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Christow is located within Teignbridge local authority area. Historically it formed part of Wonford Hundred. It falls within Kenn Deanery for ecclesiastical purposes. The Deaneries are used to arrange the typescript Church Notes of B.F.Cresswell which are held in the Westcountry Studies Library. The population was 422 in 1801 520 in 1901 . Figures for other years are available on the local studies website. In 1641/2 131 adult males signed the Protestation returns.

A parish history file is held in Chudleigh Library. You can look for other material on the community by using the place search on the main local studies database. Further historical information is also available on the Genuki website.

Maps: The image below is of the Christow area on Donn's one inch to the mile survey of 1765.

Christow area on Donn's map of 1765 (sx88don)

On the County Series Ordnance Survey mapping the area is to be found on 1:2,500 sheet 91/10 Six inch (1:10560) sheet 91SW
The National Grid reference for the centre of the area is SX833851. On the post 1945 National Grid Ordnance Survey mapping the sheets are: 1:10,000 (six inch to a mile: sheet SX88NW,SW, 1:25,000 mapping: sheet Explorer 031, Landranger (1:50,000) mapping: sheet 191. Geological sheet 339 also covers the area.

Illustrations: The image below is of Christow as included in the Library's illustrations collection. Other images can be searched for on the local studies catalogue.

Canonteign House, Devonshire. The seat of the Honble Pownall Bastard Pellew, Capt. R.N. (SC0339)

Extract from Devon by W.G.Hoskins (1954), included by kind permission of the copyright holder:

CHRISTOW stands on the W. hillside of the Teign valley. To the W. it rises well over 800 ft. to moorland where the two reservoirs of Tottiford and Kennick, supplying Torquay with water, lie. These cover nearly 74 acres; and here the scenery of the parish, which is everywhere of great beauty, reaches its loveliest.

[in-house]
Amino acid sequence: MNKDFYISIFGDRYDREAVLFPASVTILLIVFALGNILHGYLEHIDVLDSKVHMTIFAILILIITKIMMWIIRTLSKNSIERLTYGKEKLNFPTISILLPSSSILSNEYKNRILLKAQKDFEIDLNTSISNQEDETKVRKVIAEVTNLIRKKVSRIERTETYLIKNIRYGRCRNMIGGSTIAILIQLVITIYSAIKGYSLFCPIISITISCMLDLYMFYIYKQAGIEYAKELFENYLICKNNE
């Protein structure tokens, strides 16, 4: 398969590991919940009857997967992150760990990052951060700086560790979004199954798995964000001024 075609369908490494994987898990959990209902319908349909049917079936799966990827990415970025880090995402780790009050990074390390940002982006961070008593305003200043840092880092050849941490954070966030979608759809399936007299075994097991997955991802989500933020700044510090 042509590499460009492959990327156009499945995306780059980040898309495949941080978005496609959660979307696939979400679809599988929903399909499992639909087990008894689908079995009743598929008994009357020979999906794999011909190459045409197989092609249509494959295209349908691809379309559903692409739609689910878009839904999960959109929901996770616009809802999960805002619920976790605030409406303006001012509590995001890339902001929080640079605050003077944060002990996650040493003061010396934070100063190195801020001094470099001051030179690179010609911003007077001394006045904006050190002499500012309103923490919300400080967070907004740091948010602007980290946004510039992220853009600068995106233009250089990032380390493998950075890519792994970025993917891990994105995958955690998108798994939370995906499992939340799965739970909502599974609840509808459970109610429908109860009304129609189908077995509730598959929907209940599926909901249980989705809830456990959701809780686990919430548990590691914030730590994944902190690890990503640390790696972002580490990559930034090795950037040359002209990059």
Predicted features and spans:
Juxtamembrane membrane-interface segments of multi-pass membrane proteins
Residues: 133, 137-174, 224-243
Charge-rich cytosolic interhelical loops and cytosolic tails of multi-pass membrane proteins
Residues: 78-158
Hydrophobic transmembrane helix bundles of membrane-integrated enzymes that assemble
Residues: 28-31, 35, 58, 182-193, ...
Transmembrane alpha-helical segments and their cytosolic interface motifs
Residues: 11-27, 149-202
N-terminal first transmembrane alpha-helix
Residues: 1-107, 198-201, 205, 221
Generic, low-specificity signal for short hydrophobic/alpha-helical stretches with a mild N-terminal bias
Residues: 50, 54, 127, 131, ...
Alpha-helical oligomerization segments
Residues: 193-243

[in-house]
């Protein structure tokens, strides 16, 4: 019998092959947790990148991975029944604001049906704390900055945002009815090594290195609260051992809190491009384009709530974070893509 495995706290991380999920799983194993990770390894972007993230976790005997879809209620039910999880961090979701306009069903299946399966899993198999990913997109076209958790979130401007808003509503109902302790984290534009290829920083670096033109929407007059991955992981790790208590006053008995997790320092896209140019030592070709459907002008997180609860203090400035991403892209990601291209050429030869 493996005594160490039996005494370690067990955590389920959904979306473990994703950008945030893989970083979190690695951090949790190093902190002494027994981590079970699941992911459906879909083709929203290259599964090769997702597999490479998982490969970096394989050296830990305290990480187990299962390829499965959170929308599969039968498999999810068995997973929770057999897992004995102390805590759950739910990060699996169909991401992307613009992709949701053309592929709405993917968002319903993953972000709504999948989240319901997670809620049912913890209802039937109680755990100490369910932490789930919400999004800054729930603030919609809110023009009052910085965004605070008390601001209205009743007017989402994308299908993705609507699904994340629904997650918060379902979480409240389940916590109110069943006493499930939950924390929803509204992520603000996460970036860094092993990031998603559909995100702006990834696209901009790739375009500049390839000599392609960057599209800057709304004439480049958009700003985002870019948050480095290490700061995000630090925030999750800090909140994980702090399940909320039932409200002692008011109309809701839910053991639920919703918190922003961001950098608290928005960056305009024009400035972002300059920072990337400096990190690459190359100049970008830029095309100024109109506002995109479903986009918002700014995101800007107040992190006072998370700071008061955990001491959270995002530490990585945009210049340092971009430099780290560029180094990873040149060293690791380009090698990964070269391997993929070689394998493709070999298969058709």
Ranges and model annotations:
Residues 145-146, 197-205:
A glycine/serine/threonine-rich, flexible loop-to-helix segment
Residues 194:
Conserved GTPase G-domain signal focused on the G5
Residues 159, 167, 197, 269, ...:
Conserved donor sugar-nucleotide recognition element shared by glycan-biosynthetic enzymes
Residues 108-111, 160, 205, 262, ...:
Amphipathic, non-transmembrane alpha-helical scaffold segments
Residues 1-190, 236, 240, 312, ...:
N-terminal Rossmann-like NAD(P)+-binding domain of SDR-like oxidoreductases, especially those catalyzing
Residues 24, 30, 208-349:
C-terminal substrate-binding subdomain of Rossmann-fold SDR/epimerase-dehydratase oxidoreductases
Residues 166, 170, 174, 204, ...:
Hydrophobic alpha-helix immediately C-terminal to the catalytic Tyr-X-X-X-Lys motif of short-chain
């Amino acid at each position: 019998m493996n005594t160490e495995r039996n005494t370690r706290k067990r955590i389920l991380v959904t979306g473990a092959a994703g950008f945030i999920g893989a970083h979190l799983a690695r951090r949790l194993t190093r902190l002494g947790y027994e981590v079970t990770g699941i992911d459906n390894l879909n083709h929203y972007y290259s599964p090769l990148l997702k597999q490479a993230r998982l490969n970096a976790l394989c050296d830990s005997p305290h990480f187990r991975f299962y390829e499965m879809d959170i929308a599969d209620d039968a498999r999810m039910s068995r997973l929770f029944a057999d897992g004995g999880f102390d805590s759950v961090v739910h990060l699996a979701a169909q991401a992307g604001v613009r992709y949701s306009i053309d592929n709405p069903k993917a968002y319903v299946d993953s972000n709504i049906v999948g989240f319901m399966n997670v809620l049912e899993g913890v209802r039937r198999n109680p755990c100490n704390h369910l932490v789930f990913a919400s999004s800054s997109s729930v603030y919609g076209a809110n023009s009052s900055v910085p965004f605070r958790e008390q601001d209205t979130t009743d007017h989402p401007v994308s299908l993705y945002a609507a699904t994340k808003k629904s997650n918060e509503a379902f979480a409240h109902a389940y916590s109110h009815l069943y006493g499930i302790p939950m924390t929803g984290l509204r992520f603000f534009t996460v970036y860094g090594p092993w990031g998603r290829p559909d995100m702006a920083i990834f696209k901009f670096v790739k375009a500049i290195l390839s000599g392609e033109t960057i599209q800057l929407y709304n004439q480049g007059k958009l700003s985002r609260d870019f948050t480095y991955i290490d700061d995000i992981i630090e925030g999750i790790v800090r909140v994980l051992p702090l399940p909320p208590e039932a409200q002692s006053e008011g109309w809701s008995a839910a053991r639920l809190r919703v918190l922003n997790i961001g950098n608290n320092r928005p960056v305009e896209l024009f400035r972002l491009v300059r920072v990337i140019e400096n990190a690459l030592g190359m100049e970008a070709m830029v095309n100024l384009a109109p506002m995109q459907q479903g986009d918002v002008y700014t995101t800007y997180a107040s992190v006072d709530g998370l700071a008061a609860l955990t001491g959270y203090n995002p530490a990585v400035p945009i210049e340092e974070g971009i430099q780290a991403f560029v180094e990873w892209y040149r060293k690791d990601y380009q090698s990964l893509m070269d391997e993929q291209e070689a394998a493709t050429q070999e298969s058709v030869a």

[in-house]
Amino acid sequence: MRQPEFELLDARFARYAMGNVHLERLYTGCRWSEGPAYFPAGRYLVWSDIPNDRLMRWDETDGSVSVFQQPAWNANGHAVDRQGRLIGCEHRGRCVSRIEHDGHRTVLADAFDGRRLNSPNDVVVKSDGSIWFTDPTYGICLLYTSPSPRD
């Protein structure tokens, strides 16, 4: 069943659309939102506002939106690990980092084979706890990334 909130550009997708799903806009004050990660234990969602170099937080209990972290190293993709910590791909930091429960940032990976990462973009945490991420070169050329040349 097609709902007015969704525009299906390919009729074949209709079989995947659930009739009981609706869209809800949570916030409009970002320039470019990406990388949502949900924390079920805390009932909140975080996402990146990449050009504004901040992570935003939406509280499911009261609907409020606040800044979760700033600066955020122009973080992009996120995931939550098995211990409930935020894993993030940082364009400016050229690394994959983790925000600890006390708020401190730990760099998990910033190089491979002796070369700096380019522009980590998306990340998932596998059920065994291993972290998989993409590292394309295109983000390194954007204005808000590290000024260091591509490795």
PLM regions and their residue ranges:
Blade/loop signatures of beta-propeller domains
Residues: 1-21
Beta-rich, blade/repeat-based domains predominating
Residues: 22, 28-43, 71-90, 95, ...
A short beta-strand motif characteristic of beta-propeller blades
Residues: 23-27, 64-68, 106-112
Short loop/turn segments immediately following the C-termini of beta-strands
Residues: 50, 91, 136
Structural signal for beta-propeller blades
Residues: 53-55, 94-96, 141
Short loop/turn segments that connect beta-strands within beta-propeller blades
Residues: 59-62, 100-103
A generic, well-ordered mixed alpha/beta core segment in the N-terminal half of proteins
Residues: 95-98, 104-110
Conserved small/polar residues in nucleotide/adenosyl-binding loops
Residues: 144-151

Canonteign was the original Domesday manor. It was given to the canons of St. Mary du Val in Normandy c. 1125 and so acquired its prefix. Canon- teign Barton or Old Canonteign was the Tudor manor house. It is a fine example of its period, built of local stone with massive granite quoins, window- frames, mullions, and doorways, and tall granite chimney-stacks. When Sir Edward Pellew bought the two manors of Christow and Canonteign in 1812, he built a new Canonteign House, in a beautiful timbered park SW. of the old house, and the old house was occupied as a farm. Some of its internal features remain, e.g. a fine early 17th century staircase. The house was garrisoned for the King, and was taken by Fairfax in December 1645 (plate 33).

Sir Edward Pellew (1757-1833), first Viscount Exrnouth, was a brilliant naval commander. Among his many exploits was the bombardment of Algiers in 1816, upon the refusal of the Dey to abolish Christian slavery, an action which brought him honours from all over Christendom and a viscountcy at home. He is buried at Christow, where a monument to him may be seen.

Christow church (prob. St. Christina) is a 15th century granite building, except the chancel, which was rebuilt in 1862. The W. tower is one of the finest granite towers in Devon. It bears the date 1630, when it was either rebuilt in its old form or substantially repaired. There are some carved 16th century bench-ends, a 15th century chancel screen too garishly coloured, and some 18th to 19th century Pellew monuments. The font is Norman. There were formerly silver, lead, copper, and manganese mines in the parish. An abandoned lead mine may be seen near Old Canonteign. Pale Farm is of some antiquarian interest, and a farm near the church contains late medieval panelling.